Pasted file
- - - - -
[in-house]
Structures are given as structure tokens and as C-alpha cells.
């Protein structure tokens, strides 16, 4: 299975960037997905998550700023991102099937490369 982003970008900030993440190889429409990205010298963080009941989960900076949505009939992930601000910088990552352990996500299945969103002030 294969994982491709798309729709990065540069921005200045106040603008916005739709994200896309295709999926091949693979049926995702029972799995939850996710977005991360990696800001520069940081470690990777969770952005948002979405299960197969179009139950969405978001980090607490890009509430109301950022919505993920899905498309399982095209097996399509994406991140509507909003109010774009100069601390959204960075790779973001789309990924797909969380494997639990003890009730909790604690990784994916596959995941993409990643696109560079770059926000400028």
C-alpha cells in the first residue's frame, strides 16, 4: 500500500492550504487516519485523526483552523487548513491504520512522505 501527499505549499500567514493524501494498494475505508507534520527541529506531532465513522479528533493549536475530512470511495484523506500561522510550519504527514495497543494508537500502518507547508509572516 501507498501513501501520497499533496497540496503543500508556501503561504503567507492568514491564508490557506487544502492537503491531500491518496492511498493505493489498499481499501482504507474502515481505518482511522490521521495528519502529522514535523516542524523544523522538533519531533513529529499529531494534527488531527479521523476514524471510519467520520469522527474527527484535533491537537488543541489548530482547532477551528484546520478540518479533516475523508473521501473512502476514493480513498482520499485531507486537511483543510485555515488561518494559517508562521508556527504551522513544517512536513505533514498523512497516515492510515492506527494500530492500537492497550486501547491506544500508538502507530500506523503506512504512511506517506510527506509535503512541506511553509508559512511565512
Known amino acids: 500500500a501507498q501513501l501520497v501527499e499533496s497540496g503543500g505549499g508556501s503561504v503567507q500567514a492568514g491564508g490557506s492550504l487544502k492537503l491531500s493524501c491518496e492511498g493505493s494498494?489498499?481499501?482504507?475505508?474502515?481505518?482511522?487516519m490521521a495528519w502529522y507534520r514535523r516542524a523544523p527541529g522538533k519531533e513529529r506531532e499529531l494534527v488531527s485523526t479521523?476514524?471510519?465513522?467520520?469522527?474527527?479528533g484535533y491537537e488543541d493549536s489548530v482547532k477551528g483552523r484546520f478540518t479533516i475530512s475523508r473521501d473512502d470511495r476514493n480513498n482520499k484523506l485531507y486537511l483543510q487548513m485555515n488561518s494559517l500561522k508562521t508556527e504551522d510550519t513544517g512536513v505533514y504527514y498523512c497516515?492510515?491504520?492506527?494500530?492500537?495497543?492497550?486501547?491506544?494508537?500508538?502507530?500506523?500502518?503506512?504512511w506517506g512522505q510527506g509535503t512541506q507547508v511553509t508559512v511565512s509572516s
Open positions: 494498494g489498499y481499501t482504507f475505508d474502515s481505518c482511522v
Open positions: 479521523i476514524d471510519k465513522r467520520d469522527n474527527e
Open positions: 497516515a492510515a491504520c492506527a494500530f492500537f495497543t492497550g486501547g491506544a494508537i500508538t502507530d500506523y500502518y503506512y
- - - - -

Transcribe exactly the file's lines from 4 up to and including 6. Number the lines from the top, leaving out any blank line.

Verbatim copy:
C-alpha cells in the first residue's frame, strides 16, 4: 500500500492550504487516519485523526483552523487548513491504520512522505 501527499505549499500567514493524501494498494475505508507534520527541529506531532465513522479528533493549536475530512470511495484523506500561522510550519504527514495497543494508537500502518507547508509572516 501507498501513501501520497499533496497540496503543500508556501503561504503567507492568514491564508490557506487544502492537503491531500491518496492511498493505493489498499481499501482504507474502515481505518482511522490521521495528519502529522514535523516542524523544523522538533519531533513529529499529531494534527488531527479521523476514524471510519467520520469522527474527527484535533491537537488543541489548530482547532477551528484546520478540518479533516475523508473521501473512502476514493480513498482520499485531507486537511483543510485555515488561518494559517508562521508556527504551522513544517512536513505533514498523512497516515492510515492506527494500530492500537492497550486501547491506544500508538502507530500506523503506512504512511506517506510527506509535503512541506511553509508559512511565512
Known amino acids: 500500500a501507498q501513501l501520497v501527499e499533496s497540496g503543500g505549499g508556501s503561504v503567507q500567514a492568514g491564508g490557506s492550504l487544502k492537503l491531500s493524501c491518496e492511498g493505493s494498494?489498499?481499501?482504507?475505508?474502515?481505518?482511522?487516519m490521521a495528519w502529522y507534520r514535523r516542524a523544523p527541529g522538533k519531533e513529529r506531532e499529531l494534527v488531527s485523526t479521523?476514524?471510519?465513522?467520520?469522527?474527527?479528533g484535533y491537537e488543541d493549536s489548530v482547532k477551528g483552523r484546520f478540518t479533516i475530512s475523508r473521501d473512502d470511495r476514493n480513498n482520499k484523506l485531507y486537511l483543510q487548513m485555515n488561518s494559517l500561522k508562521t508556527e504551522d510550519t513544517g512536513v505533514y504527514y498523512c497516515?492510515?491504520?492506527?494500530?492500537?495497543?492497550?486501547?491506544?494508537?500508538?502507530?500506523?500502518?503506512?504512511w506517506g512522505q510527506g509535503t512541506q507547508v511553509t508559512v511565512s509572516s
Open positions: 494498494g489498499y481499501t482504507f475505508d474502515s481505518c482511522v